Direct borrowing for investment purposes and leverage through the use of derivatives has been established at 100% of net asset value (Nav), as with Ucits III. The PIF's exposure relating to derivative instruments is calculated taking into account the current value of the underlying asset, the counterparty risk, future market movements and the time available to liquidate positions. The PIF's exposure relating to borrowing for investment purposes will be the amount borrowed.

Where the experienced investor fund has been set up as a fund of hedge funds, it will be required to invest in at least five different hedge funds to ensure the necessary diversification. In this case there are no restrictions on the extent of leverage that the underlying hedge funds may assume.

The qualifying investor fund

A qualifying investor must have net assets in excess of €750,000 or have reasonable experience in the acquisition or disposal of funds of a similar nature or risk profile or a senior employee or director of service providers to the PIF. The minimum initial investment is € 5,000, or equivalent. PIFs promoted to qualifying investors are not subject to any investment or borrowing (including leverage) restrictions other than those that may be specified in their offering document.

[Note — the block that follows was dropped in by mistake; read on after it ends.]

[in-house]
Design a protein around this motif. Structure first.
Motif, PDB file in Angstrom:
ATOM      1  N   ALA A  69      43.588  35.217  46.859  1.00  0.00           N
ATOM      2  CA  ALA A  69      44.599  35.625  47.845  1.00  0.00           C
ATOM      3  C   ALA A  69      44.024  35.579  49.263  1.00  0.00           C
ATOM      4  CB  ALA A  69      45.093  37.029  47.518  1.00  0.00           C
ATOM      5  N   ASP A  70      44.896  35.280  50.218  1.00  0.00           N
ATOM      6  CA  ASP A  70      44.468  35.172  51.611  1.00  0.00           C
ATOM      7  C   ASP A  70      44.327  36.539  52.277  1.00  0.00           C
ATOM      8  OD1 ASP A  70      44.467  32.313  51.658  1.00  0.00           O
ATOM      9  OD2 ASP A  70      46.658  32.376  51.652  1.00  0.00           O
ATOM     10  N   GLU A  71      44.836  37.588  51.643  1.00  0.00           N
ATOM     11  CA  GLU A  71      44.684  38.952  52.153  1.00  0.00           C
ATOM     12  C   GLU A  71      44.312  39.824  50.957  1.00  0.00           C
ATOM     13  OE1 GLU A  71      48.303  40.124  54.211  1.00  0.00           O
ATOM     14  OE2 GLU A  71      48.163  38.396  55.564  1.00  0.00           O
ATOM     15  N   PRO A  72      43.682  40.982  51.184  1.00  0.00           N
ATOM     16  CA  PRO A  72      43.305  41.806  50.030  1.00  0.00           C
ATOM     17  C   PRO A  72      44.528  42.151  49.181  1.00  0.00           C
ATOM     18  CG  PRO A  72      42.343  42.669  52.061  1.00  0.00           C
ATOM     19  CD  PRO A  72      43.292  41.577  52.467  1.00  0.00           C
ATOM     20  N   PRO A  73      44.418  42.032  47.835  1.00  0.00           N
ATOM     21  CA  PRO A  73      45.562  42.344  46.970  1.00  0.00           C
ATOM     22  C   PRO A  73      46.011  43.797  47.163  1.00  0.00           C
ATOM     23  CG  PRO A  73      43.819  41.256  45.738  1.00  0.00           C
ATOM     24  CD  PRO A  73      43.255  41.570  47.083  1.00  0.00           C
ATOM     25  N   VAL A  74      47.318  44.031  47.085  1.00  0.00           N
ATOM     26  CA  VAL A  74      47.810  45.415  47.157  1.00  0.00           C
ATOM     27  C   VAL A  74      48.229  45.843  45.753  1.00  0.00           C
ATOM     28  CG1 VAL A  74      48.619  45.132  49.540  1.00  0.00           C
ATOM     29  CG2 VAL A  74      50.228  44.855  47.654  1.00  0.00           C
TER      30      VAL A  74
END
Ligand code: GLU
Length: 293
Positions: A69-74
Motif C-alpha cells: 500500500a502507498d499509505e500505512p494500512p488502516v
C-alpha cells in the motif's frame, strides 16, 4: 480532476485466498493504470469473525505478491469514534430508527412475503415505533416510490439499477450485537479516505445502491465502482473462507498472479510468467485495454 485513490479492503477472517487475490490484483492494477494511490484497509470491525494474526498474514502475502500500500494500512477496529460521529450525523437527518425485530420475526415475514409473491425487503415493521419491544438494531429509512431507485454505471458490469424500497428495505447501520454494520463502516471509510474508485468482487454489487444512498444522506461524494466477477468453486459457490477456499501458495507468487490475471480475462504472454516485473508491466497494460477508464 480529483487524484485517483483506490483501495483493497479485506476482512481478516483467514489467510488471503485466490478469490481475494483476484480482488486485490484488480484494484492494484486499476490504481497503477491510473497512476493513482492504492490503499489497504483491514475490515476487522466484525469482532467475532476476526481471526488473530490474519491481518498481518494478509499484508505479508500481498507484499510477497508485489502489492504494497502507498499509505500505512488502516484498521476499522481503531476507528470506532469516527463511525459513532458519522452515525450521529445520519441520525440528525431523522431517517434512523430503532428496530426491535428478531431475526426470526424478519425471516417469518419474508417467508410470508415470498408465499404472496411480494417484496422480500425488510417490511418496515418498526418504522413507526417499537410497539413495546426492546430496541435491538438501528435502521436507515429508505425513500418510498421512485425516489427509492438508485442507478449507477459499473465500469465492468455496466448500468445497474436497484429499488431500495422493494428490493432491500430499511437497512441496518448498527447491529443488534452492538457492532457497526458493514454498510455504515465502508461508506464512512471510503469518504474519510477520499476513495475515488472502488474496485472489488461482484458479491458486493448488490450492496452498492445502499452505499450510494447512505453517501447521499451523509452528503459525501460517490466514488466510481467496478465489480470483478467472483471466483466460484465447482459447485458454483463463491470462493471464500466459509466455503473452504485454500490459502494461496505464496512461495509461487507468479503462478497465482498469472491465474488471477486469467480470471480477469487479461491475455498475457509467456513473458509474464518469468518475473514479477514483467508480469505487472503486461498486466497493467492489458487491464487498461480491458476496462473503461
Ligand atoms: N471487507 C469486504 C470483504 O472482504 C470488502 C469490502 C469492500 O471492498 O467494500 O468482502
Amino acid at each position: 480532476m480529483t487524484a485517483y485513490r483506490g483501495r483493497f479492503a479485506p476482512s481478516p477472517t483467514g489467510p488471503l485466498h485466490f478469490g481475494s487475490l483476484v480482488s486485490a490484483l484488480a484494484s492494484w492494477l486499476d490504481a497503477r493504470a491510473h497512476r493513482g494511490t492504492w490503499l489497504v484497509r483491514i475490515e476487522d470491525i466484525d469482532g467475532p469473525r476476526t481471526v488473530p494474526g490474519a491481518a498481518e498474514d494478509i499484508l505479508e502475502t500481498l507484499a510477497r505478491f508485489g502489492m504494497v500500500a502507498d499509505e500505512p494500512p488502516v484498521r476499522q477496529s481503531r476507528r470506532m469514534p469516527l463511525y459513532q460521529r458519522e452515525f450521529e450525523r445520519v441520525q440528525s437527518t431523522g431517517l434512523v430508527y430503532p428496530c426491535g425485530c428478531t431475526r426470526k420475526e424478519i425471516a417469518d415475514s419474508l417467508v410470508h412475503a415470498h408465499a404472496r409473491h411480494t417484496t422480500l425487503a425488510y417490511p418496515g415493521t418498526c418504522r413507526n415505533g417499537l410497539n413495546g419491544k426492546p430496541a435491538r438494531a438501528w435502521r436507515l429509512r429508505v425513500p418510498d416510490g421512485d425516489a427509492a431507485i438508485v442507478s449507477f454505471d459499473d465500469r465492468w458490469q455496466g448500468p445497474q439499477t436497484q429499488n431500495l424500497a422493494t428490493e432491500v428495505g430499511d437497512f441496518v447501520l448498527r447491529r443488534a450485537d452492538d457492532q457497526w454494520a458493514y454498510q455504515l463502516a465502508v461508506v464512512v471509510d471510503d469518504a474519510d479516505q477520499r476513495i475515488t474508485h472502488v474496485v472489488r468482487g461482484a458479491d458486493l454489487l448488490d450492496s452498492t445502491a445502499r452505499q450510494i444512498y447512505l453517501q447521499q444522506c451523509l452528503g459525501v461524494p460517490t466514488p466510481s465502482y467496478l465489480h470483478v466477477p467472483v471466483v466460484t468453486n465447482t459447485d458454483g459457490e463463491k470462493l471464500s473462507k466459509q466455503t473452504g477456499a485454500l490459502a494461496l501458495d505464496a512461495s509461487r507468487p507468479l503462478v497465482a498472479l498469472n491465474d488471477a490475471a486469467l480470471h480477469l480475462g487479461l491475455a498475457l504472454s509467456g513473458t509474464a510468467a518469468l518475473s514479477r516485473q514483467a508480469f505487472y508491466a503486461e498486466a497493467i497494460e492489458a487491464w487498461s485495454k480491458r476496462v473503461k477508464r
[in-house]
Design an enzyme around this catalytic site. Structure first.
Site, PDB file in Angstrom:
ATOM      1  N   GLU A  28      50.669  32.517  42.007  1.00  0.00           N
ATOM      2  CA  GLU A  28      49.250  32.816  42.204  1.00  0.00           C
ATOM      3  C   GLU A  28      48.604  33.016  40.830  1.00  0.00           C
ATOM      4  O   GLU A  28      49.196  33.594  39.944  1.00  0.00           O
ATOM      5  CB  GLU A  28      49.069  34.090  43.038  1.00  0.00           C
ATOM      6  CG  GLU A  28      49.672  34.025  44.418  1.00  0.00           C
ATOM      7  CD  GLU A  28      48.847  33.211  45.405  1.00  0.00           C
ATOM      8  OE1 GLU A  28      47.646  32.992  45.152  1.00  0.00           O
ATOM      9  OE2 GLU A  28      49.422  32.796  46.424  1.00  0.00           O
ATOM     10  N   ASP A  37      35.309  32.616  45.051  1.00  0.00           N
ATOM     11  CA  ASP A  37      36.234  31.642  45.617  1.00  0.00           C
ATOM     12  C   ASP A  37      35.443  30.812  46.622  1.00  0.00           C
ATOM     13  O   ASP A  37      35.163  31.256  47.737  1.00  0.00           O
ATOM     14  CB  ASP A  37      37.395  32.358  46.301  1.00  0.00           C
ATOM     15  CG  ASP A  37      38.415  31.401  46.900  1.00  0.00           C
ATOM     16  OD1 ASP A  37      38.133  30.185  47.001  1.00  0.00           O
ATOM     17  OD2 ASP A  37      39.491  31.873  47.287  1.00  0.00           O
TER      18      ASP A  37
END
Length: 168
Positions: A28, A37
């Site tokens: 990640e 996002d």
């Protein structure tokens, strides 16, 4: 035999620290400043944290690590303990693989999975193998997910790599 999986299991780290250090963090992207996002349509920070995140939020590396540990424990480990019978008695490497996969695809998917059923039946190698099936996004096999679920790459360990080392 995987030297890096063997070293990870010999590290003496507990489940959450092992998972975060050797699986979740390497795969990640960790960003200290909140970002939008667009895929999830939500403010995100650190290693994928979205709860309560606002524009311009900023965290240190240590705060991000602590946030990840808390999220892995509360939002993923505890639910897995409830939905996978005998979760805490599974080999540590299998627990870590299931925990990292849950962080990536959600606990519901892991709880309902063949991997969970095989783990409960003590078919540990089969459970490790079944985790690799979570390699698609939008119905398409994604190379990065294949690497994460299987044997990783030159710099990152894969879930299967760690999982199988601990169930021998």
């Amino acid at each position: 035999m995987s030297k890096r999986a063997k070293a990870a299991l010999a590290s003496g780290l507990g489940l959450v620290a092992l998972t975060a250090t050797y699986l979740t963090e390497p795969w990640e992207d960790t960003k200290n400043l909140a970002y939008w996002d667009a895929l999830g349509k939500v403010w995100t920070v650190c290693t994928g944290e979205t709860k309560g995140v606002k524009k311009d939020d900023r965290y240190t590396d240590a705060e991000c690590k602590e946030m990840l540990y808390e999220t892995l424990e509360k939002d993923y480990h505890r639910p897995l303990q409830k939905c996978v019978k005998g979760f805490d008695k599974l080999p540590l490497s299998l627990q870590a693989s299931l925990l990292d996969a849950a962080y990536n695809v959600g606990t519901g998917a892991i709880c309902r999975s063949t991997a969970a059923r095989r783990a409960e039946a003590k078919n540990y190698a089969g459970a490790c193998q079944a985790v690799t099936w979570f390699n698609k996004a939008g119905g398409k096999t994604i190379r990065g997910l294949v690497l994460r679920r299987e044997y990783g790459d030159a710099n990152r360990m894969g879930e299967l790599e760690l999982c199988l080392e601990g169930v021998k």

The extraordinary investor fund

To qualify as extraordinary, an investor should have net assets in excess of €7.5 million, be an employee or director of service providers to the PIF, or be itself a PIF promoted to extraordinary investors. The minimum initial investment is set at €750,000 or equivalent in another currency.

A PIF targeting extraordinary investors may either draw up an offering document (minimum disclosure requirements prescribed) or a marketing document which should at least include certain basic information such as a list of service providers including the directors, risk warnings, investment objectives, policies and restrictions of the PIF, fee structure and details of the classes of shares being offered.

Ucits funds